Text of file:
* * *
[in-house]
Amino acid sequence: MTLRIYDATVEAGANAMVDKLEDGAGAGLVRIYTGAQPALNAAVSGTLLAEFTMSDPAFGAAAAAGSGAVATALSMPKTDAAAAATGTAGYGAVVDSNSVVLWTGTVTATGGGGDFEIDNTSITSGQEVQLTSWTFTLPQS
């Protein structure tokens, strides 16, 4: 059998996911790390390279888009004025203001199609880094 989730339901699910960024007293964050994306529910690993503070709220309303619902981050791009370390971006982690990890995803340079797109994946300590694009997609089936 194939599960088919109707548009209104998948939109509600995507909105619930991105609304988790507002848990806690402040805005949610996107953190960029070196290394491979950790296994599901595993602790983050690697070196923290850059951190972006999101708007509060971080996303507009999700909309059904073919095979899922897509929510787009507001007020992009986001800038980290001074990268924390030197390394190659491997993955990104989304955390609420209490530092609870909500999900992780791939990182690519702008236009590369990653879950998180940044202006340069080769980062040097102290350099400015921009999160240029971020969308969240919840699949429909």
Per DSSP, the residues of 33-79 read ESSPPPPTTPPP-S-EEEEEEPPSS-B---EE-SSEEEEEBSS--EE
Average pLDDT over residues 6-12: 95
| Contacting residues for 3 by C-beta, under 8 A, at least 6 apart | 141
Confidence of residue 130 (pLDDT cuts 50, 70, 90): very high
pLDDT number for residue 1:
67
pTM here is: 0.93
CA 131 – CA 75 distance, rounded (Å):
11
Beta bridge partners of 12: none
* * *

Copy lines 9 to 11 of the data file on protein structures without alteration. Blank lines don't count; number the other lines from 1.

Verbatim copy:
67
pTM here is: 0.93
CA 131 – CA 75 distance, rounded (Å):